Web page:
American Dream For Rent: Capitol nixes oversight amid housing crunch
State legislature blames local government, not investors, for rising prices.
As large investors ramped up their homebuying spree in the wake of the pandemic, an industry-aligned group launched a campaign to stop local governments from standing in the way.
The committee, Georgians for Quality Housing Options, donated more than $58,000 to state political candidates, according to campaign finance reports.
The group’s bill, which would have blocked local regulations of single-family rentals, didn’t receive a vote last year, but a version of the proposal resurfaced this week in the state Senate. And the question of who should regulate housing in Georgia — and how — remains a top issue as the 2023 state legislative session nears its halfway point.
On one side, homebuilders and investors want to make it easier to build new homes by eliminating many local regulations. On the other, local housing advocates say government agencies need more tools — not fewer — to hold out-of-state owners accountable and protect tenants from landlord abuses.
American Dream for Rent: Our Findings
Across the Sun Belt, investment firms are extracting wealth where families normally build it: the single-family home.
Since the Great Recession, large investors have snapped up more than 65,000 homes in metro Atlanta and converted them to rentals. And the flood of Wall Street cash is pushing homeownership out of reach for many middle-class families.
Investors buy in all but the wealthiest neighborhoods, but their homes are disproportionately found in African American communities.
Priced out of buying, families who wind up renting from these same firms can face deplorable conditions, exorbitant fees and frequent eviction filings by out-of-state landlords driven to maximize shareholder profits.
Metro Atlanta is ground zero for the investor takeover of the American Dream.
Last fall, more than 50 homebuilders, local officials, tenant advocates, lenders and academic experts testified before a legislative study committee. Their testimony painted a nuanced picture of what has ailed metro Atlanta’s housing market since the 2008 foreclosure crisis:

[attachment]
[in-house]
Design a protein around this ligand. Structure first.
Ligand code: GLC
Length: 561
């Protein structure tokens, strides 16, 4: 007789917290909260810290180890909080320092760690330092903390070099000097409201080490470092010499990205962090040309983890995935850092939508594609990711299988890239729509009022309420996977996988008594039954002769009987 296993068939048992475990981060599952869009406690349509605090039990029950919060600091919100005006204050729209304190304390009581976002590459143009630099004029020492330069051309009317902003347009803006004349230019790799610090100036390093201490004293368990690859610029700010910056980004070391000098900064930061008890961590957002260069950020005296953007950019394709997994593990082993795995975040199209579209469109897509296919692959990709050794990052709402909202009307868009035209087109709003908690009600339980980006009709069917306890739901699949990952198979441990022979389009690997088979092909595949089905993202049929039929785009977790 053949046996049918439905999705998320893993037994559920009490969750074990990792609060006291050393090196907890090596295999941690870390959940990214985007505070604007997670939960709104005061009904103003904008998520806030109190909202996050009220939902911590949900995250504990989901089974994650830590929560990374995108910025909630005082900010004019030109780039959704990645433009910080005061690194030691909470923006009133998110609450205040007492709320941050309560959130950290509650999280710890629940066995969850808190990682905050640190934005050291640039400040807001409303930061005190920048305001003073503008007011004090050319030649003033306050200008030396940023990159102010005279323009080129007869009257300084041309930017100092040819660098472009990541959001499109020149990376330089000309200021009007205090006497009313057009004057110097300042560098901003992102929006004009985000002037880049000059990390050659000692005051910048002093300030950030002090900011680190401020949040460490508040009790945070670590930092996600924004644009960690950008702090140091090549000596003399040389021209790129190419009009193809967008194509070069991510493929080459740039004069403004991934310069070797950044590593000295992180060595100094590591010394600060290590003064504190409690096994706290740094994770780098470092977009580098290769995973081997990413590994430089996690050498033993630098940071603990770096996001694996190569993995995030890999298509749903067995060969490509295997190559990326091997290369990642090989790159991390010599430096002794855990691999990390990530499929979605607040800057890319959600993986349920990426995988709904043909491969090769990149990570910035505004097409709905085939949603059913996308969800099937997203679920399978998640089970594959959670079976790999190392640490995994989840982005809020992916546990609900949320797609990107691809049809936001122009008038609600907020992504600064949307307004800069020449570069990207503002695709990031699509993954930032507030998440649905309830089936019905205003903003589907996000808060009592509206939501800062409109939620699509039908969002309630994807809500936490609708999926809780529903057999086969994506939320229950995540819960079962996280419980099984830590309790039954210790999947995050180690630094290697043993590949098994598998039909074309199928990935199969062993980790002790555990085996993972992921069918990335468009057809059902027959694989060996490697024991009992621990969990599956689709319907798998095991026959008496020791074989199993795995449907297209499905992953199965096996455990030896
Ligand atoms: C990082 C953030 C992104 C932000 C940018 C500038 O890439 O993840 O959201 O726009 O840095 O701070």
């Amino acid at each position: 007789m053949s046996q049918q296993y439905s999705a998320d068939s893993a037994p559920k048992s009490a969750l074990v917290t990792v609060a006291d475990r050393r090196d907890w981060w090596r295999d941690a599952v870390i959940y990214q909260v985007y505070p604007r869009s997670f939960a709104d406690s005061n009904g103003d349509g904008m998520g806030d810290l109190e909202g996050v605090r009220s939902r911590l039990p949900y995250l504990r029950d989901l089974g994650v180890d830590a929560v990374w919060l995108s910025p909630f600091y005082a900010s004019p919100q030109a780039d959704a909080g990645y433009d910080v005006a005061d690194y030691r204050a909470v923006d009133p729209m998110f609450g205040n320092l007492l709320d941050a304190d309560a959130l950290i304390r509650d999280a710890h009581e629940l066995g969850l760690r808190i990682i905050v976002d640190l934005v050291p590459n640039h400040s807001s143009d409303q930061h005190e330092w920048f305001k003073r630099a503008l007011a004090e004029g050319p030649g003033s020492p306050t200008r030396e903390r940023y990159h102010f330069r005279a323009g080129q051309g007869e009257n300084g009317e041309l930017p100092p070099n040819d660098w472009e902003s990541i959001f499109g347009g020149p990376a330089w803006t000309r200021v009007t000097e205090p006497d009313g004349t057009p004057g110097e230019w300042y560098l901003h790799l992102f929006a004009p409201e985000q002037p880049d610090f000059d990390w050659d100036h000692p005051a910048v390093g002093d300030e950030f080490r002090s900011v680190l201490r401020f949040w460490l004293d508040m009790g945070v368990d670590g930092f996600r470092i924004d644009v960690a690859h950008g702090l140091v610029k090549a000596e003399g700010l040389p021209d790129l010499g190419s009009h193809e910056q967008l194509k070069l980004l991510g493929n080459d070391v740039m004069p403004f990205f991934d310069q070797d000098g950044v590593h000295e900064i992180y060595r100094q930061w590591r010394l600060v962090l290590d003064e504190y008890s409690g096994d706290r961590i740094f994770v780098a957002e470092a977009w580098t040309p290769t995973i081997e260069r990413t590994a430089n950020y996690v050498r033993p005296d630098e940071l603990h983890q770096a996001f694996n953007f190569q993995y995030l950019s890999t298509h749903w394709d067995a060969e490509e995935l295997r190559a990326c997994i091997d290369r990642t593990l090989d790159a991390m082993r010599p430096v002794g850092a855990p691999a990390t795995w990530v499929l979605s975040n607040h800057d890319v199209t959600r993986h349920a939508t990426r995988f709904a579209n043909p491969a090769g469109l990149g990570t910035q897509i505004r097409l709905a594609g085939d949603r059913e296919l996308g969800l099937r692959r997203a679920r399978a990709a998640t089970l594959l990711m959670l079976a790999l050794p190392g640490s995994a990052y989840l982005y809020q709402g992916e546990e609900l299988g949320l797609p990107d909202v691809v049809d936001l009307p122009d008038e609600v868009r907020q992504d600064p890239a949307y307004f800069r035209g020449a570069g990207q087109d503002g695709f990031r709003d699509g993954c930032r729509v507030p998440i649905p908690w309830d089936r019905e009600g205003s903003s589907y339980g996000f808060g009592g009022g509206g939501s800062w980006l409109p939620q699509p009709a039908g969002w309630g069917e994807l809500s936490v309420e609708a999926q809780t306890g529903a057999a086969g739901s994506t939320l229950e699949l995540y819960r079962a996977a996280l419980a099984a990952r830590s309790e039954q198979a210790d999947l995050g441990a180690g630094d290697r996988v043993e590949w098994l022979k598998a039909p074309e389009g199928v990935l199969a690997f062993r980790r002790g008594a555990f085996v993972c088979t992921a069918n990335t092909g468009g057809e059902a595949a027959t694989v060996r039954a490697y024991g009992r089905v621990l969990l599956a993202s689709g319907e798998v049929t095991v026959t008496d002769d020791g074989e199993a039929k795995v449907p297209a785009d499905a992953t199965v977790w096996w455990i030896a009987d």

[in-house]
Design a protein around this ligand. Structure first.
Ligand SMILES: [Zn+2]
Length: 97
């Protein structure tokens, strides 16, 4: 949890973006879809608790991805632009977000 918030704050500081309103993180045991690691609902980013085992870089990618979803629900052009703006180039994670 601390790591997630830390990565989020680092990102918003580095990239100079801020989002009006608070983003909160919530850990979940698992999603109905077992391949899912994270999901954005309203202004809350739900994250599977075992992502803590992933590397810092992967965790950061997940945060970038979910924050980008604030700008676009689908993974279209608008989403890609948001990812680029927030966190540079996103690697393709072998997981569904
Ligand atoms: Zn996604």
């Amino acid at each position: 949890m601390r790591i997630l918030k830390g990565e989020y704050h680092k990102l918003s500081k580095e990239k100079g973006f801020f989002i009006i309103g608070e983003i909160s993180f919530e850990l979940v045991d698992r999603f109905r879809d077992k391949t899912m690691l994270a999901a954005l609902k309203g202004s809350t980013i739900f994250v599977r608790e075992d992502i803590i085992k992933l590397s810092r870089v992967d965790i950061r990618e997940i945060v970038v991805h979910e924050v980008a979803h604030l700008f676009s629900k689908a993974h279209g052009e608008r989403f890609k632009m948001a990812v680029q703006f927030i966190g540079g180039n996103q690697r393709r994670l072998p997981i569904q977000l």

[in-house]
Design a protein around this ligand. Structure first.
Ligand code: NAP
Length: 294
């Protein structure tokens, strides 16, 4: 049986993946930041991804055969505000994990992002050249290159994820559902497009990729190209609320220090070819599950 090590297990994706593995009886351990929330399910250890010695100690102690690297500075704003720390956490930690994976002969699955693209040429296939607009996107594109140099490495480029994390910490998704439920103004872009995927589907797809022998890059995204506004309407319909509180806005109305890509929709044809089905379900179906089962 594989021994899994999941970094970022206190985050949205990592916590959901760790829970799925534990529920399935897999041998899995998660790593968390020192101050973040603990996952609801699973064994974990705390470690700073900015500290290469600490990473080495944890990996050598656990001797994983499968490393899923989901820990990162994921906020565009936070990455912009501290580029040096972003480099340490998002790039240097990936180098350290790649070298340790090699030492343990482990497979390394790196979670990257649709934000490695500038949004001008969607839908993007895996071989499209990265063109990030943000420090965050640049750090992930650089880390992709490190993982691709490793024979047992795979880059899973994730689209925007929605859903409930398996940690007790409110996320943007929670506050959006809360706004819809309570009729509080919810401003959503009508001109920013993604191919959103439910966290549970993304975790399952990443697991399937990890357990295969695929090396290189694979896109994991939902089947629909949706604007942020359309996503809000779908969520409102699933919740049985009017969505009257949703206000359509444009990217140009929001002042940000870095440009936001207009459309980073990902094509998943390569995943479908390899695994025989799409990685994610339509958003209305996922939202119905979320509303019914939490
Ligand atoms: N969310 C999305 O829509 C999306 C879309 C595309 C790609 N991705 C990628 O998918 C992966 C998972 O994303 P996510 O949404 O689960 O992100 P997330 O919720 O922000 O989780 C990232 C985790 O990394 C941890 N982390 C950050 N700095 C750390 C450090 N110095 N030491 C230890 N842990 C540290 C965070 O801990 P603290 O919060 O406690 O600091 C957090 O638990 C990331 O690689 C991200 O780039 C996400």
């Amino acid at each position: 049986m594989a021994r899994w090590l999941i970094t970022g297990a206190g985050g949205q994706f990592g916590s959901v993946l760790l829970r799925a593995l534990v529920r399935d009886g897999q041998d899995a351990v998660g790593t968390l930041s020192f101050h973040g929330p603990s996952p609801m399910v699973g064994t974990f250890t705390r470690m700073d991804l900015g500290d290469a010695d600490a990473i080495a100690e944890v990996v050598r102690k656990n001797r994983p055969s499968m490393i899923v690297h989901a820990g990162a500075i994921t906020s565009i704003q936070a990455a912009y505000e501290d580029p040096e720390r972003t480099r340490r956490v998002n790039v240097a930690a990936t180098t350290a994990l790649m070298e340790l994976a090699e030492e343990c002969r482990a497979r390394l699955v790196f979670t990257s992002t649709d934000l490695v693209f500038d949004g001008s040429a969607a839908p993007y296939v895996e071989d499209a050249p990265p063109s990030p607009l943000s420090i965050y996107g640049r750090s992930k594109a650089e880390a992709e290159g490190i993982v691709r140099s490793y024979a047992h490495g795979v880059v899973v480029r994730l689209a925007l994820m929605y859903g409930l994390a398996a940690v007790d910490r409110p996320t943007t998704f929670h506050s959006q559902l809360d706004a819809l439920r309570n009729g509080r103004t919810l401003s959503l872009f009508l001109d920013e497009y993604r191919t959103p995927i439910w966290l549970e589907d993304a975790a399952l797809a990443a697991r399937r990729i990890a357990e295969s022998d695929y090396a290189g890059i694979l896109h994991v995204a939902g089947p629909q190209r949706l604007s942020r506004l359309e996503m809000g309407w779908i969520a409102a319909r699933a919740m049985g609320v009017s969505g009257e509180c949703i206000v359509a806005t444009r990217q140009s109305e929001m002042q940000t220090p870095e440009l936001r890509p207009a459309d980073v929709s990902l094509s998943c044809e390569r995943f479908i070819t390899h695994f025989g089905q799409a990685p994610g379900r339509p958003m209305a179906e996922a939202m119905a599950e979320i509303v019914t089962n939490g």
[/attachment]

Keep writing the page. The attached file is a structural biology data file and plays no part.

- Tight lending policies made it harder for people to buy.
- Local zoning rules dictating large lot sizes, ample parking and expensive construction materials made it costly to build.
- Taxes, permitting fees and supply chain disruptions during the pandemic tacked on higher costs still.
Over the next year, builders would need to add 72,400 new homes in metro Atlanta to keep up with demand. But only 13,000 are projected to be built in that time, housing research firm MarketNsight told the committee.
Investors capitalized on the supply shortage, scooping up more than 65,000 single-family homes across an 11-county area over the past decade, The Atlanta Journal-Constitution found. And as consumer choices have dwindled, would-be homebuyers have been priced out, only to be stuck renting from the same investors that outbid them with boundless cash.
The committee’s final report, however, downplayed the role of large investors in driving up prices. Investor activity accounted for just two paragraphs of the 13-page document.
Instead, the committee’s study of the complex drivers of Georgia’s affordability crunch endorsed a simple solution straight out of the single-family rental industry’s playbook: Free the market from local regulation.
In an interview, the chairman, Rep. Dale Washburn (R-Macon), distanced himself from the single-family rental bill, which he sponsored last year. “I told them I would not have anything to do with it,” Washburn said.
Instead, he plans to introduce legislation to relax local rules on lot sizes and design standards, arguing that it will increase supply and make homeownership more affordable. But while he said he wants local governments to hold bad landlords accountable, he questioned the need for a landlord registry, a tool local officials say would help.
“If you’ve got absentee landlords who are raking in big returns and allowing people to live in substandard conditions, I think that’s deplorable,” Washburn said. “I’m just not sure what the solution is.”
Local officials say the legislature’s “anything goes” attitude is why they need local control of housing in the first place. State law prohibits local governments from requiring inspections or registering rental properties.
Credit: Photo contributed by the candidate
“We get the phone calls from the person who’s upset about the renter next door not taking care of something or the renter who’s upset because the landlord won’t,” said Jeff Moon, the Woodstock city manager. “And if you tie our hands and do a one-size fits-all (bill) at the state level, no one’s going to be happy.”
Rep. Marvin Lim (D-Norcross) sees a need for some middle ground that reduces regulations that impede homebuilding, while strengthening those that protect renters.
“Across the line, I think we’ve seen regulations are harming affordability, and not doing enough for livability,” he said.
A bill introduced this week and backed by top Republicans could address some of the threats posed by investor ownership. The Safe at Home Act would require landlords to provide rental homes “fit for human habitation,” and add some protections for renters who face eviction for being late on rent. House Speaker Jon Burns credited the AJC’s investigation into low-income apartment complexes, Dangerous Dwellings, for the proposal.
Sen. Emanuel Jones (D-Ellenwood) told the AJC he hopes to introduce legislation to curtail how investors are able to operate, calling them a threat to homeownership.
“I don’t know what it is at the moment,” Jones said, “but I am searching.”
Staff writer Zachary Hansen contributed to this story.